Addressing Tragic Current Events in Your Marketing

For what feels like the 417th time in recent memory, digital creators are feeling the pressure to show up for their audience while also processing devastating global events in real-time.

Should you post as usual?

Not post at all?

Talk about what’s happening?

Pretend everything’s normal?

Is it wrong to post about tragedies alongside a perfectly filtered pic of yesterday’s boba tea or your interpretation of the latest Reels trend?

To put it simply, no, it’s not.

view of a laptop open to a news website with headlines about Russia's 2022 invasion of Ukraine which inspired this post about social media marketing during difficult times

Is that really what social media’s for though?

Sometimes? Absolutely.

Don’t make the mistake of brushing social media off as superficial. Are there superficial aspects to it? Of course.

But people run entire businesses on social media. Dedicate careers to it. Form friendships across it. Learn and grow because of it. And most people spend at least some part of their day interacting with it. That’s not superficial.

Despite white supremacy and exploitative practices being a feature, not a bug, of social media’s most popular platforms, it’s also been used effectively as a tool of resistance. Social media has allowed historically marginalized voices to reach further and offered a more accessible path to connection and community.

So, if you’re wondering if your business’s social media profiles are an appropriate place to talk about your beliefs and values, my answer will always be an emphatic YES.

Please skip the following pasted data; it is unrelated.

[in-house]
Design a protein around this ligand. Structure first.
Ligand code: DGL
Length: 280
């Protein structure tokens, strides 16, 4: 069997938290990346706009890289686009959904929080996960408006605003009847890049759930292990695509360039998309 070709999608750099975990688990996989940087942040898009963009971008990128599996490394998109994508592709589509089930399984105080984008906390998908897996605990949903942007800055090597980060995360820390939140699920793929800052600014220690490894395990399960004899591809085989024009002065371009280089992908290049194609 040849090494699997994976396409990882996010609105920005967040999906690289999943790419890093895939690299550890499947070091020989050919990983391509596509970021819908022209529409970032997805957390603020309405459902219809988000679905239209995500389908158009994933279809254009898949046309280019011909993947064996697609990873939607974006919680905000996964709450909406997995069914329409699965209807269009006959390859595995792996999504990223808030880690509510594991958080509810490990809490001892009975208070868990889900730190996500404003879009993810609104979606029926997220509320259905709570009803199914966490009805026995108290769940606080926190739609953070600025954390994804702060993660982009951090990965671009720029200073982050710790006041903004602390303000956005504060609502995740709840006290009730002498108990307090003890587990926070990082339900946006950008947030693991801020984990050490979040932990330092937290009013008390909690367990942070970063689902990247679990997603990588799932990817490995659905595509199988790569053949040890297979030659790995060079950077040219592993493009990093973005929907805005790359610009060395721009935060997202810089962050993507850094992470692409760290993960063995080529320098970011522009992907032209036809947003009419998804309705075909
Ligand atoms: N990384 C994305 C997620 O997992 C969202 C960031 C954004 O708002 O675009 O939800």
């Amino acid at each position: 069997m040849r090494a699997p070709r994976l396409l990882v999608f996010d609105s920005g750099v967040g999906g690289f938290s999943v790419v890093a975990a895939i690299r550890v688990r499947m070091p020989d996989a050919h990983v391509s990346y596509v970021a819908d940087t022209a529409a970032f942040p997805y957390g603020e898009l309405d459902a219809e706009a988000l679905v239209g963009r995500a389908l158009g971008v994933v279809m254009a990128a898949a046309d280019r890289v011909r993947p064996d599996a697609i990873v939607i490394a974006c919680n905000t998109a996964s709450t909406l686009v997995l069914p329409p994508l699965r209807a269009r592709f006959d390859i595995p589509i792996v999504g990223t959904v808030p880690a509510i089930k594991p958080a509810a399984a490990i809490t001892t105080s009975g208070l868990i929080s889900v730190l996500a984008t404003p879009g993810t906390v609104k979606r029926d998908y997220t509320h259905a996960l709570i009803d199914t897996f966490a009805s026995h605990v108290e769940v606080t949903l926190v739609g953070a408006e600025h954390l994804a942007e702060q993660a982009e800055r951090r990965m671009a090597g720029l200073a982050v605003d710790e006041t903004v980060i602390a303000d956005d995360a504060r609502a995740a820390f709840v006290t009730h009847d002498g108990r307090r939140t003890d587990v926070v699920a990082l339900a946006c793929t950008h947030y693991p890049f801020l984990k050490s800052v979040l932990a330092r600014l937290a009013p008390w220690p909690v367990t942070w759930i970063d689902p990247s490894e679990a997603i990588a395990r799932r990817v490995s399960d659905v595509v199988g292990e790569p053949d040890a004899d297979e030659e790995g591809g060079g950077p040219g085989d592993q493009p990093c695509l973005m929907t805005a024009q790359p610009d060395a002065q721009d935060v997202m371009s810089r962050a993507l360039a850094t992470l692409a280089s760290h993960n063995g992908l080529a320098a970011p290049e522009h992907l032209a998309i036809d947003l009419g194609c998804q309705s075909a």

Which means, even when new issues are emerging and your position on things may not feel solid, you can (and likely should) say something.

But I’m worried I’ll say the wrong thing…

Sure, you should be thoughtful when discussing sensitive topics.

But don’t let that stop you from saying something altogether.

Unfortunately, that’s where I think a lot of digital creators get stuck. They’re used to showcasing the brightest, shiniest aspects of themselves on social media. Sharing something that doesn’t fit that mold feels uncomfortable or even unsafe.

And, for those who get it wrong, the internet can be an unforgiving place. Sometimes rightfully so, sometimes not. Either way, speaking out on social media, especially if you haven’t done it before, can feel like a risk. But it’s one that, in my opinion, is worth taking.

So, while I don’t profess to be an expert on the subject, I’ve developed my own guidelines for approaching this particular challenge as a hyper-compassionate business owner and thought I’d share them with you.

Will some people disagree with me? Of course.

There are always going to be people out there that think you should’ve done more (or less). That’s just reality. If I’ve learned anything in my years in branding it’s that you can’t please everyone, nor should you try!

I’m the type of person who’s always working to learn and grow and do better. And that’s all I can do.

Here’s what that looks like for me right now:

Sweet Tooth Creative’s

10 Dos & Don’ts

for Posting During Global Crisis

1. Don’t assert false authority

If you’re not knowledgeable about something, don’t pretend to be. Nobody can be an expert on every topic and that’s okay.

You can still acknowledge injustice or the things your audience may be feeling in response to tragic events without knowing every detail and grasping every nuance.

2. Do be honest

If you’re feeling lost or confused or scared or angry it’s okay to say so. Today’s consumers don’t want the slick, corporate facades of decades past.

Modern audiences prize authenticity above all else. And sometimes that’s going to be messy and imperfect. Let it be.